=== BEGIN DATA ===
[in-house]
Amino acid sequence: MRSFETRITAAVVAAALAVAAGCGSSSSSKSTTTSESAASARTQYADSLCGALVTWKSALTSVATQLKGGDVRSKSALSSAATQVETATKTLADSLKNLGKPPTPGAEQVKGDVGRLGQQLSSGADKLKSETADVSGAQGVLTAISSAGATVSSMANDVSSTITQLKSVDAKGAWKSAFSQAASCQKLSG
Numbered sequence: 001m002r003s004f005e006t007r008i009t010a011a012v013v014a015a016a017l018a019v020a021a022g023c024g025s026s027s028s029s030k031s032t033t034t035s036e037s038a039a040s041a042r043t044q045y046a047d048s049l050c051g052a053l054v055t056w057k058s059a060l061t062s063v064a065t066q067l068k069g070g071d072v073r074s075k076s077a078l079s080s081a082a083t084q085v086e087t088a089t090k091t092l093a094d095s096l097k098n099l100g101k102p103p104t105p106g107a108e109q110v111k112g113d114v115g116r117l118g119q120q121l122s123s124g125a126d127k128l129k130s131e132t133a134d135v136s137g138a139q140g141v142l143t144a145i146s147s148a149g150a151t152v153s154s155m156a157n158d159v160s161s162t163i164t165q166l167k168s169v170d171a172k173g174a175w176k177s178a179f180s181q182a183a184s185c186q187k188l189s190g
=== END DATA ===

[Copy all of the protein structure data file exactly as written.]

[in-house]
Amino acid sequence: MRSFETRITAAVVAAALAVAAGCGSSSSSKSTTTSESAASARTQYADSLCGALVTWKSALTSVATQLKGGDVRSKSALSSAATQVETATKTLADSLKNLGKPPTPGAEQVKGDVGRLGQQLSSGADKLKSETADVSGAQGVLTAISSAGATVSSMANDVSSTITQLKSVDAKGAWKSAFSQAASCQKLSG
Numbered sequence: 001m002r003s004f005e006t007r008i009t010a011a012v013v014a015a016a017l018a019v020a021a022g023c024g025s026s027s028s029s030k031s032t033t034t035s036e037s038a039a040s041a042r043t044q045y046a047d048s049l050c051g052a053l054v055t056w057k058s059a060l061t062s063v064a065t066q067l068k069g070g071d072v073r074s075k076s077a078l079s080s081a082a083t084q085v086e087t088a089t090k091t092l093a094d095s096l097k098n099l100g101k102p103p104t105p106g107a108e109q110v111k112g113d114v115g116r117l118g119q120q121l122s123s124g125a126d127k128l129k130s131e132t133a134d135v136s137g138a139q140g141v142l143t144a145i146s147s148a149g150a151t152v153s154s155m156a157n158d159v160s161s162t163i164t165q166l167k168s169v170d171a172k173g174a175w176k177s178a179f180s181q182a183a184s185c186q187k188l189s190g